When Solomon Daushep Lar an elected governor of Plateau (1979-1983) tried to implement his policy on nomadic education, it’s main thrust got lost in the political and religious storm it generated. During the Military, Prof JibrilAminu tried to re-invent Lar’s program. At the launching of the Nomadic Education scheme in Yola, capital of Gongola State in 1987, I remember the State Governor Johnah David Jang telling the Minister in a rather point blank manner that nomadic education without provision of grazing reserves for the Fulani’s was “an exercise in futility.” The governor was instantly dubbed by the members of the Ministers entourage as a Fulani hater. Today, given the state of the permanent slumber of the whole scheme, all fair minded people will agree with me that the governor was right and the Minister was wrong.
It is not just the lack of government created reserves and educational opportunities that is the misfortune of the nomadic Fulani. In 1983 for instance, Rinderpest a highly contagious virus devastated cattle rearing, destroying the economic life wire of the nomads.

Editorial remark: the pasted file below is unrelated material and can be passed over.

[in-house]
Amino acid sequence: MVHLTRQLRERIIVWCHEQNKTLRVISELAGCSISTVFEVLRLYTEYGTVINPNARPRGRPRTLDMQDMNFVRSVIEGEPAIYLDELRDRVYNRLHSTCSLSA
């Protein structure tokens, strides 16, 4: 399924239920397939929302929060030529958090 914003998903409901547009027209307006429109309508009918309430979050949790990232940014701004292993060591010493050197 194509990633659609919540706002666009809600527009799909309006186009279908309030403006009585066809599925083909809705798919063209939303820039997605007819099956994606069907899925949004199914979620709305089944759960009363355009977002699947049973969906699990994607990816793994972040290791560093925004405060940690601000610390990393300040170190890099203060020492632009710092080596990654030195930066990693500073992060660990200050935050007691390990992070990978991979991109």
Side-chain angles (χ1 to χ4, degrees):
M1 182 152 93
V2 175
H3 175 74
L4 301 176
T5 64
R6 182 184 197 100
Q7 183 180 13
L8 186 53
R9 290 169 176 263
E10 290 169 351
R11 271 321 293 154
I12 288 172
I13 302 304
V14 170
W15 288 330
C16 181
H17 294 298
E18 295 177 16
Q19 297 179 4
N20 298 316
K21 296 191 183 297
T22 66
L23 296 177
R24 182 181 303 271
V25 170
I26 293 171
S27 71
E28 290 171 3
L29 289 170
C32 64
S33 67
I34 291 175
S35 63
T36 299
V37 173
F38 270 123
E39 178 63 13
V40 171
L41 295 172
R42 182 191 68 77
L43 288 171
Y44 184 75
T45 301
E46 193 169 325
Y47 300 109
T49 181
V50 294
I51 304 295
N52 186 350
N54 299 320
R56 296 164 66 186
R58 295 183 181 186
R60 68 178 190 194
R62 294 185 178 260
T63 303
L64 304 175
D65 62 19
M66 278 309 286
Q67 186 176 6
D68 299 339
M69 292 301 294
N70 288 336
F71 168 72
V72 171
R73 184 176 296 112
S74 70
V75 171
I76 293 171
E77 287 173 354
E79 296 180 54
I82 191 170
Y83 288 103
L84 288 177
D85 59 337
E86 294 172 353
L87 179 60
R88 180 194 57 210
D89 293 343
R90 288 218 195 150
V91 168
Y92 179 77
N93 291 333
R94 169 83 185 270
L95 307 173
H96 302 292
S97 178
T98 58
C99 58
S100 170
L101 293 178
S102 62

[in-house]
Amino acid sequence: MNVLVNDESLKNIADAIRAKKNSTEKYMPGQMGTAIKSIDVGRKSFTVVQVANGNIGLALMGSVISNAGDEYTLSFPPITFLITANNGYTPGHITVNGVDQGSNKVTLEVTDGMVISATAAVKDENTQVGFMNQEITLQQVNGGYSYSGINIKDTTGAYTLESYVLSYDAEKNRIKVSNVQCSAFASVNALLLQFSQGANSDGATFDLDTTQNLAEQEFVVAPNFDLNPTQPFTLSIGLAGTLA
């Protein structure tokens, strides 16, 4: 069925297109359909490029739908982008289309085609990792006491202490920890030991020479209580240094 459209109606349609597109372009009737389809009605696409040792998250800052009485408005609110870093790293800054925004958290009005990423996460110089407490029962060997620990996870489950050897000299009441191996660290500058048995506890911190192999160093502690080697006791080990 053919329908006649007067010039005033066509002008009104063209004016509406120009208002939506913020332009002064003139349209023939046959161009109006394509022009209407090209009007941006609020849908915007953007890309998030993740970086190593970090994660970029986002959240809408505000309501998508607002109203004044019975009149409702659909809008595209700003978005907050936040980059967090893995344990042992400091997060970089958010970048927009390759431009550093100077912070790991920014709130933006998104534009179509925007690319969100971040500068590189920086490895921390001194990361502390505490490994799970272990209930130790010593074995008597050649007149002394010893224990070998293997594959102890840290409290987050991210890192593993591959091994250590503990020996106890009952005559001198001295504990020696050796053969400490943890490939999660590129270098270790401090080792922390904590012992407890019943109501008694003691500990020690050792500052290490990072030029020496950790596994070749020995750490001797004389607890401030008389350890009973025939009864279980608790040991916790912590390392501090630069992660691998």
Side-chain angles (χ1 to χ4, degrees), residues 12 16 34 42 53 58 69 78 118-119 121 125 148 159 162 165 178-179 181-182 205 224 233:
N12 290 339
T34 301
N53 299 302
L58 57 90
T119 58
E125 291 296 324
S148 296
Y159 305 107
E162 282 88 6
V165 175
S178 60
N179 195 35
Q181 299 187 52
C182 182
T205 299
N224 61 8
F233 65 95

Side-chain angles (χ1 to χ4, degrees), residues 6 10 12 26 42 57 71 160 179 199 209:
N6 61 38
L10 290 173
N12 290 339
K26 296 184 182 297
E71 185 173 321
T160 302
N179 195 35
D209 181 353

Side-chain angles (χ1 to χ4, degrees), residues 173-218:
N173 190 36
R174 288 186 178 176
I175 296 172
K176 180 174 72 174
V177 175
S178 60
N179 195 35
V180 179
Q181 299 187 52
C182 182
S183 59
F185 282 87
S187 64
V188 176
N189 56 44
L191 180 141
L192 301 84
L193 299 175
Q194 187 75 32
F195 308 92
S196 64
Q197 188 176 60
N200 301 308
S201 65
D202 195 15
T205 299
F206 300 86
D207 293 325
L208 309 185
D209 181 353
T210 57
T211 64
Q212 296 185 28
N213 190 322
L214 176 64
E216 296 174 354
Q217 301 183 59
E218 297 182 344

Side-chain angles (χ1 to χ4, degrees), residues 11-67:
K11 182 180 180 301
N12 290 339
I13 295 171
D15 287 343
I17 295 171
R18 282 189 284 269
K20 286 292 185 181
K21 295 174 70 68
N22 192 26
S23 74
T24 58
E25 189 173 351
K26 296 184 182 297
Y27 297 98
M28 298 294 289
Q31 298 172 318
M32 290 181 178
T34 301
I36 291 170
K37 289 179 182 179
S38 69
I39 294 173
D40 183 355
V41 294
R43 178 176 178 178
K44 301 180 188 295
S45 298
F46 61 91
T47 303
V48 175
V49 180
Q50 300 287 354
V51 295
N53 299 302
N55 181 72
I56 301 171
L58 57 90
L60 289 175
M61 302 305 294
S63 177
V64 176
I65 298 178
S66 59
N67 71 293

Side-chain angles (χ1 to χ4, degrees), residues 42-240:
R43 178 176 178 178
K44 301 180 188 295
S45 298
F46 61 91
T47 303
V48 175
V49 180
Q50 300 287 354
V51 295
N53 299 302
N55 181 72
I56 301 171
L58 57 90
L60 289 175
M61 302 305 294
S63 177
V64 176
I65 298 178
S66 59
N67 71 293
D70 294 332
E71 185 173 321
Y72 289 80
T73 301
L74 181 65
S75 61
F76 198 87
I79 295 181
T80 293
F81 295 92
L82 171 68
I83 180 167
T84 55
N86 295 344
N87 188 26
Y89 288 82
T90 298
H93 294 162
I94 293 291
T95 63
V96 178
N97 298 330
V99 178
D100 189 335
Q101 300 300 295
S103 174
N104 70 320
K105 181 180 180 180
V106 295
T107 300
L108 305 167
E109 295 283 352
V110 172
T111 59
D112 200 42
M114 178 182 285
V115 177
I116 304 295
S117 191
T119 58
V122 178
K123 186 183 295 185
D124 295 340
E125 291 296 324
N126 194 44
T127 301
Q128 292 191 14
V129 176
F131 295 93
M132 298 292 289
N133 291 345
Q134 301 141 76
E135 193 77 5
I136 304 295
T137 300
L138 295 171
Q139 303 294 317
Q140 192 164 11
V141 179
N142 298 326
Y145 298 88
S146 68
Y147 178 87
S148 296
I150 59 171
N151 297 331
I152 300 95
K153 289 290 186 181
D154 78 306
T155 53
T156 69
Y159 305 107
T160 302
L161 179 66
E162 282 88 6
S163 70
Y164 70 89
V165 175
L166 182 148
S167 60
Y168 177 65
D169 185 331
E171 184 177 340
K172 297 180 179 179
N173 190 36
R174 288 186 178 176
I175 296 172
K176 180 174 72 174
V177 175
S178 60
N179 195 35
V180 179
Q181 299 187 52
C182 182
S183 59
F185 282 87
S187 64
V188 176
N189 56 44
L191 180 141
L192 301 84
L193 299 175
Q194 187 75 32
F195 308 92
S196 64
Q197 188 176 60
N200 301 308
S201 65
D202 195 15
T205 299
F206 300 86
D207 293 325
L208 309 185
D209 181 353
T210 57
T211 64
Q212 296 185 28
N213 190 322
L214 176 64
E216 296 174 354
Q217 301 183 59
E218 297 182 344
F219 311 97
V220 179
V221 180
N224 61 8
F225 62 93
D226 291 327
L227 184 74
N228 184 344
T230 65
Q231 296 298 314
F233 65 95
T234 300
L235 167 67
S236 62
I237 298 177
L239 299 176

Where do all these problems lead the nomadic Fulani? For how long will the shy, humble Fulani cattleman keep moving with this heavy baggage?
Brazil had 175 million heads of cattle by 2002 count. There are more today and the country is making bold attempts to tackle the problems of cattle rearing. Even though these attempts have not led to a comprehensive solution to the problem, you can see efforts to that direction. There, the government and civil society are worried about the effects of massive grazing on the Amazon forests – grazing is the biggest cause of deforestation in that region. It has deprived the rural populace of their land, their natural habitat and has accelerated the rapid rate of global warming. All kinds of policies are being advocated or implemented in a realistic attempt to find a solution to what has become a menace. There are even efforts to discourage the populace from beef consumption and large scale cattle grazers who clear the Amazon every year to plant grazing grass. The mere fact that genuine efforts are being made is reassuring.